This story originally appeared in Communique, the official news publication of the University of Colorado Colorado Springs.
Commencement Feature: Bridget Roberts is investing in herself
Bridget Roberts was living overseas and working with refugee populations, advocating for the importance of education, when she realized it was time to be an advocate for herself.
“I always valued education, and I wanted to advocate for that in other countries, and then I realized, here I was advocating for others to do this, and I hadn’t invested in myself,” she said. “And it’s never a bad investment, to invest in yourself.”
After moving back to the United States, Bridget felt limited in what she could do without a degree and wanted to make her lifelong dream of going to college a reality.
“I would drive by the UCCS campus and tell myself one day, I was going to graduate from UCCS,” she said. “And now I’ll be doing that.”
A first-generation student, Bridget wanted to go to college right after high school; however, she realized going into the workforce would be financially necessary to support her family. She deferred her dream of college for over twenty years while working full-time and raising her children.
“I tried to go to community college, but I couldn’t find my way,” she said. “I didn’t have the support, I didn’t have the know-how to be able to make that happen.”
With the help of those she met along the way, Bridget went back to school, transferred to UCCS, and earned multiple scholarships, including a Reisher Scholarship, the Reach Your Peak Scholarship, and the Karen Possehl Women’s Endowment Scholarship.
“Without those scholarships, I couldn’t have kept going,” she said. “That’s a huge part, them investing in me and believing in me and seeing my potential, and I’m so grateful for that. It became a big part of my story.”
Another major part of Bridget’s story is how she worked to overcome her own self-doubts.
“When you’re a first-generation student, you don’t know how to navigate it all, and I internalized feeling like a failure, because I didn’t have that degree,” she said. “I would think, I must not be smart enough, I must not know enough or have enough grit to make this possible, and for years I believed that I just wasn’t capable of doing it.”
Working the the scholarship team helped Bridget realize she didn’t have to go through it by herself.
“To see that I wasn’t alone in that struggle and that it is a difficult path, but there’s help to find a way and make a path forward…it was really through the support of the people in the scholarship department that helped me walk through the process and believe that I was capable of doing it,” she explained.
With four children and an ailing mother-in-law at home, Bridget had plenty of other challenges to overcome, not the least of which was going through online classes when the pandemic hit. She set up her desk in a closet, with a sheet behind her “so nobody could see my clothes,” she laughed.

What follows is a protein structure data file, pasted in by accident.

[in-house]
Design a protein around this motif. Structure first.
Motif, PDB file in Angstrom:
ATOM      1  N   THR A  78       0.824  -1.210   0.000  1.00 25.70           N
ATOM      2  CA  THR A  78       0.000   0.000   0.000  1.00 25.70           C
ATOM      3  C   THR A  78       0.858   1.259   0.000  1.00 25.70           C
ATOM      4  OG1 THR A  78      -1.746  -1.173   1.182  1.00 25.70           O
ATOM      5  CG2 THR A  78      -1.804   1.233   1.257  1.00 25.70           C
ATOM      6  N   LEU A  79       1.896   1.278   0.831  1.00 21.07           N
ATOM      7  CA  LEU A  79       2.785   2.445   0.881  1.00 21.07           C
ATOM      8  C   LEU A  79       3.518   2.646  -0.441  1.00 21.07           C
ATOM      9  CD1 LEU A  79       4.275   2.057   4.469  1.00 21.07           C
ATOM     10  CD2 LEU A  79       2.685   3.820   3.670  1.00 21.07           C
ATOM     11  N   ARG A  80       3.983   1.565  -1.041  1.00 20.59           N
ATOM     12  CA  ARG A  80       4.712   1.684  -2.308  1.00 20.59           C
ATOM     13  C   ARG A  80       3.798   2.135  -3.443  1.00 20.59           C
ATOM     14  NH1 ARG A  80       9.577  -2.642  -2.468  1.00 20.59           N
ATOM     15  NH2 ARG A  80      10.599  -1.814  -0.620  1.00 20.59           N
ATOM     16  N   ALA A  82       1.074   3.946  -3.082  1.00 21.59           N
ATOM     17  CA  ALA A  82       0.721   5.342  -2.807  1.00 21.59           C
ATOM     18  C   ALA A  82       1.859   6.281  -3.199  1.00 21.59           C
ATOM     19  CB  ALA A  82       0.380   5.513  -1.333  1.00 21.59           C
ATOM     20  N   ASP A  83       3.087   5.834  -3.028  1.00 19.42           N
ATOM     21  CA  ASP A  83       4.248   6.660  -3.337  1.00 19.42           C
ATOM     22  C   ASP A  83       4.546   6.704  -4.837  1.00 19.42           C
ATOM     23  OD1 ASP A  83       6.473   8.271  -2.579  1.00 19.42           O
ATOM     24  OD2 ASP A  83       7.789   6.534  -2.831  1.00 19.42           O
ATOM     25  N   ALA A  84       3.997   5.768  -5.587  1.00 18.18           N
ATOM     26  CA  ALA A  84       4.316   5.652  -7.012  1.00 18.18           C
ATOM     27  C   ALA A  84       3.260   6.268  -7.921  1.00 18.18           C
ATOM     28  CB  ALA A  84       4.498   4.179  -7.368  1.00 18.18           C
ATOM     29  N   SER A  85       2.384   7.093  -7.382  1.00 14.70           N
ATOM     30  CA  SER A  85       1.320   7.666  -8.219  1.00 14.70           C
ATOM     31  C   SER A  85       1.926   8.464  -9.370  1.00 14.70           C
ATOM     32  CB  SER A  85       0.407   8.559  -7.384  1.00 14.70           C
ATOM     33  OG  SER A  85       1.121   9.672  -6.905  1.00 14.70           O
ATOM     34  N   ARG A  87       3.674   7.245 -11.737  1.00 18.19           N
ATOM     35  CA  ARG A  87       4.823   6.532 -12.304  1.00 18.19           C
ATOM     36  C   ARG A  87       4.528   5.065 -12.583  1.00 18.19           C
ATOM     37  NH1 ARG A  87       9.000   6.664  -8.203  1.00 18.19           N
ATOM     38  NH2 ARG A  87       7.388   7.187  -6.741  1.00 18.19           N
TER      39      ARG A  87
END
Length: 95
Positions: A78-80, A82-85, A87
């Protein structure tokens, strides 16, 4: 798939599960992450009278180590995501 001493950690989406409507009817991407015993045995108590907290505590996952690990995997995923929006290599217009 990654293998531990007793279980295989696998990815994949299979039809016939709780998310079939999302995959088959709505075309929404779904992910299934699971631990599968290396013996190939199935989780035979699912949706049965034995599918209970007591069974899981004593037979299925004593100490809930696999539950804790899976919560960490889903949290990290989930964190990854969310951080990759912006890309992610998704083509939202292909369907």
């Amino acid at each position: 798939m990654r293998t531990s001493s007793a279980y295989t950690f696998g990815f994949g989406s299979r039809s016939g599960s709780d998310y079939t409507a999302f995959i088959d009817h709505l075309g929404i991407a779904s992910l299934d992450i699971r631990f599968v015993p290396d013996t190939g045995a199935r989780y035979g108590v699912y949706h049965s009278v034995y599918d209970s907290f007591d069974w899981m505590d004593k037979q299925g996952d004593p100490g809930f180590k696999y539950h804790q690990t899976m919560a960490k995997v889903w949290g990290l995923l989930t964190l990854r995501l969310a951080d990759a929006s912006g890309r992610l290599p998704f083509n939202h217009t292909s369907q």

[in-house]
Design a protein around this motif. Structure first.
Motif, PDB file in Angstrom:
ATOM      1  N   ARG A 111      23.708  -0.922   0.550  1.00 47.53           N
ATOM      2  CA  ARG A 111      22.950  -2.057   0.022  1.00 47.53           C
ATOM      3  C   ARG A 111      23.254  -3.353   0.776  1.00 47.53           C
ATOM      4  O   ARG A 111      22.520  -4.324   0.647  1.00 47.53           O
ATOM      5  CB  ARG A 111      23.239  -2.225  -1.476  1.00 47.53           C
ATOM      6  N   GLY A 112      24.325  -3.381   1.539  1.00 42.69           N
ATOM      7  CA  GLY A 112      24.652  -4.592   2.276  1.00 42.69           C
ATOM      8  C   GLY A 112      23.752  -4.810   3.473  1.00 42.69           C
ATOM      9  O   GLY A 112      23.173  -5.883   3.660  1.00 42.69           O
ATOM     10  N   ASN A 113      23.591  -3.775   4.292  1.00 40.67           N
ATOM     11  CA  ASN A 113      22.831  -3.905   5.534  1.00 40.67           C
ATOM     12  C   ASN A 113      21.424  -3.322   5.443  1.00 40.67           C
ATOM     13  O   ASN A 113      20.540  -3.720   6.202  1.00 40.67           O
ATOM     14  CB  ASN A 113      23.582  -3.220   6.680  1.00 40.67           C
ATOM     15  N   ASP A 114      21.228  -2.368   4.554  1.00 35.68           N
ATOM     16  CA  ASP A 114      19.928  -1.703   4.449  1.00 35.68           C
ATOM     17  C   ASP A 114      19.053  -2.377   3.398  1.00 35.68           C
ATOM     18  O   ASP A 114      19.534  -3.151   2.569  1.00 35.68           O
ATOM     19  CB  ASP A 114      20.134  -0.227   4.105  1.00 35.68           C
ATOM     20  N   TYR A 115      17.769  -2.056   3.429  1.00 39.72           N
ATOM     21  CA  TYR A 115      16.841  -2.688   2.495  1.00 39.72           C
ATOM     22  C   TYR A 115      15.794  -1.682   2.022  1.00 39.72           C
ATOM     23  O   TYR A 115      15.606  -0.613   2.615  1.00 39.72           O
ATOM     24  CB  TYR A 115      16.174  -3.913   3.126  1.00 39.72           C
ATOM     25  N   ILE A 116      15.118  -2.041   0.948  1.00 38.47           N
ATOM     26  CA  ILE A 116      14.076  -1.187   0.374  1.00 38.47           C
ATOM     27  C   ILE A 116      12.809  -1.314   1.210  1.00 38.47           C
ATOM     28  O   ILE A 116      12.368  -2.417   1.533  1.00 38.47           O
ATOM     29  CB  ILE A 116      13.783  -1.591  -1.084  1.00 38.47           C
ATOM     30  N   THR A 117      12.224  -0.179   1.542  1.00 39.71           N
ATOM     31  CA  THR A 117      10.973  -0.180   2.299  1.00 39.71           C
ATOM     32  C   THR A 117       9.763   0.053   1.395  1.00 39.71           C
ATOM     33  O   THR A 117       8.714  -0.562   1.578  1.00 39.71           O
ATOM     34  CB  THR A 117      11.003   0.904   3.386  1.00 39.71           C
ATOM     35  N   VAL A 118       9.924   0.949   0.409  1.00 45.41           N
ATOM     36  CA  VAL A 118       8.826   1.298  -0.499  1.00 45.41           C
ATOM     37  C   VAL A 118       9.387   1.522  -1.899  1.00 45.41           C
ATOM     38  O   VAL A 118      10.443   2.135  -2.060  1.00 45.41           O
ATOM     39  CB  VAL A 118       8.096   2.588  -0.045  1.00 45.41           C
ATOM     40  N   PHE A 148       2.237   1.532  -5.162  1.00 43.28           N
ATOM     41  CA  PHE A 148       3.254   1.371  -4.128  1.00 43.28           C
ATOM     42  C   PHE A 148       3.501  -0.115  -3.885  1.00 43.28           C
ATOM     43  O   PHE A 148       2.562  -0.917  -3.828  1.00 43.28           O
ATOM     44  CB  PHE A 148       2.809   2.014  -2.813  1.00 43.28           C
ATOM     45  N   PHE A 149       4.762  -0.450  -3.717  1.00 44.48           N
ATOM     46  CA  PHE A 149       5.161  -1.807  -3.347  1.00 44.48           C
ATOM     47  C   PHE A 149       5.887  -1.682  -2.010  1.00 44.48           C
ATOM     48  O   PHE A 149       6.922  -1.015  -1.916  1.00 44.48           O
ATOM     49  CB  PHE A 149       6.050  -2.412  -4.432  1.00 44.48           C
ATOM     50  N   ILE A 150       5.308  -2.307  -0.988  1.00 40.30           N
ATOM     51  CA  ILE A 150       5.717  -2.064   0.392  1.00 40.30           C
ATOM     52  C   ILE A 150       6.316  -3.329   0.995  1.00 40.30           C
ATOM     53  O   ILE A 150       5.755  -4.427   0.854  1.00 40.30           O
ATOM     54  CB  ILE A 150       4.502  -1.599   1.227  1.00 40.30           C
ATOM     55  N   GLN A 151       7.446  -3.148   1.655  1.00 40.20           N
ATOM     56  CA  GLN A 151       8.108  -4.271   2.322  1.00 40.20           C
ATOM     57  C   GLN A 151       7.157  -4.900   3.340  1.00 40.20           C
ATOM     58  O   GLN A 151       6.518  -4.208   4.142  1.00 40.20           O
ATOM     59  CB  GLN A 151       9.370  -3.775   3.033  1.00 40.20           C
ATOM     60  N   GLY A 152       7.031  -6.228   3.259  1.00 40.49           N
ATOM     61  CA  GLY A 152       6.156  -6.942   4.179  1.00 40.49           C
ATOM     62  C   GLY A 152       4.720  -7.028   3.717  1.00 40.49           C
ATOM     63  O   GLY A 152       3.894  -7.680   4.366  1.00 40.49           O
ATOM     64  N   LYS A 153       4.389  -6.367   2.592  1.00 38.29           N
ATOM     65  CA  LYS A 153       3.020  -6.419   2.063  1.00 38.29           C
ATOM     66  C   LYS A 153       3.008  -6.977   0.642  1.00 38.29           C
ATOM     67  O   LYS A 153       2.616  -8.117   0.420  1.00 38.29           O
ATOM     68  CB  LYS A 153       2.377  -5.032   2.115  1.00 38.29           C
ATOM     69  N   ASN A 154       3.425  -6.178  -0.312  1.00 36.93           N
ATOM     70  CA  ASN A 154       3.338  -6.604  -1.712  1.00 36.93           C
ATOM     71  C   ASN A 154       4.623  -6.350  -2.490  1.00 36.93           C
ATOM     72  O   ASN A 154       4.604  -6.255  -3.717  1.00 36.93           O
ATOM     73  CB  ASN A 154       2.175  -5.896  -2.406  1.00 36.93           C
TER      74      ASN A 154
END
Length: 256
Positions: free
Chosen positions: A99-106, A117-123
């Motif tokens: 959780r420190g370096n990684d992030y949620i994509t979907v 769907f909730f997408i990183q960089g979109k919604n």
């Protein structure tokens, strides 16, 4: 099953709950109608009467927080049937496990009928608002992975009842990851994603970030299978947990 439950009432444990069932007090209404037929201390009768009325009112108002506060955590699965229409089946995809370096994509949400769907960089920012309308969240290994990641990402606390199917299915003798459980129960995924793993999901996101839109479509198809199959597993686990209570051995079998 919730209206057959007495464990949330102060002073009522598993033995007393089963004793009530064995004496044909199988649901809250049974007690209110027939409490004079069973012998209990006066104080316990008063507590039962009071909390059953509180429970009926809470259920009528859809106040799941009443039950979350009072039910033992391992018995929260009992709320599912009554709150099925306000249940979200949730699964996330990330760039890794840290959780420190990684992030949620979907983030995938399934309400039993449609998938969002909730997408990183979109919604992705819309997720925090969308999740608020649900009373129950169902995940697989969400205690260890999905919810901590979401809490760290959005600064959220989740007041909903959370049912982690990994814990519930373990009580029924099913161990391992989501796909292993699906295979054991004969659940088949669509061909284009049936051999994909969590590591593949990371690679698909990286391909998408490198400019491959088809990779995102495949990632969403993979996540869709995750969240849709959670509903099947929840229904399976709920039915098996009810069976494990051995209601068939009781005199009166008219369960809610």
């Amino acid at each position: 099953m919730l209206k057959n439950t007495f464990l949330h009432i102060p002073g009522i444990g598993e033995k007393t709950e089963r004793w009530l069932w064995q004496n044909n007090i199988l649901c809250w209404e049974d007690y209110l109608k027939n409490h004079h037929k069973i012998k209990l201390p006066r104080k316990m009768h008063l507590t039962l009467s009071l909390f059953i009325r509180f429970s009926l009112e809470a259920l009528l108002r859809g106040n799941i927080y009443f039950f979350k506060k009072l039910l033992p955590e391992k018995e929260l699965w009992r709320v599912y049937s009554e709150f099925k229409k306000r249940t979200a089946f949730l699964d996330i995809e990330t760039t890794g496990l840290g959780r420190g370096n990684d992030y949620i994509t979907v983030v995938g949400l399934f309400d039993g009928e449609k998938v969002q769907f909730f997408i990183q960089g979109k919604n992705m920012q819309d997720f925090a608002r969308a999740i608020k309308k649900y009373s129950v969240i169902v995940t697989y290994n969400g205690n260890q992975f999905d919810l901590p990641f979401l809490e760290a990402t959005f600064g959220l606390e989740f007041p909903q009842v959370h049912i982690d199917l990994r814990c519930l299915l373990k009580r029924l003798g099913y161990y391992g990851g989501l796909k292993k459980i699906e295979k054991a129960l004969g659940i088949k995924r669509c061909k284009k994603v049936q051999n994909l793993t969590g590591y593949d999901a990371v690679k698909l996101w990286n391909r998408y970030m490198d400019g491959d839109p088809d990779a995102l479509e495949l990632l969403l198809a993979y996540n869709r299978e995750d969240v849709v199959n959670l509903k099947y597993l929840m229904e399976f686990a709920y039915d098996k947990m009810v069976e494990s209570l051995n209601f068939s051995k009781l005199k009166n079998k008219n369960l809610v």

“At one point, I remember just curling up in a ball, crying as I listened to the lecture, wondering, ‘How can I do this?,’” she said. “There was just so much on my plate. And it was those professors saying you can do this; we can get through this together, that helped me make it through.”
Bridget will be graduating summa cum laude with a bachelor’s degree in social work with a minor in business, with additional coursework in innovation. She has already been accepted into the master’s in social work program.
“A large part of my story is learning to believe that I was worthy of a college education. I fought for it for so long and valued it so much, and I had to learn that this was my education, my opportunity,” she said. “I had to let myself dive into it wholeheartedly and appreciate it for what it was for me.”
Her advice for other nontraditional students is to “connect with what matters to you. To find your interests, to find what inspires you, and in doing so, find ways to invest in others and to make the opportunities that you have with a college degree count.”
Bridget encourages all students to surround themselves with people who believe in them.
“When doubt starts to overwhelm you, hear the voices of those who believe in you and hold onto them,” she said. “Because you can do it. And the world needs to hear from those who have struggled, who have overcome. That ability to press through those difficult times becomes part of the power you have later in life.”
“Education is a powerful tool,” she added, “and it’s not afforded to everybody. When you get your degree…it’s worth something. So use it well.”
About the UCCS Fall 2022 Commencement Ceremony
The UCCS fall 2022 Commencement ceremonies will celebrate degrees conferred to more than 1,000 graduates. More than 550 will attend the ceremony at the Broadmoor World Arena on December 16, 2022, along with family and friends. See the full Commencement program online. View the livestreamed ceremony on YouTube.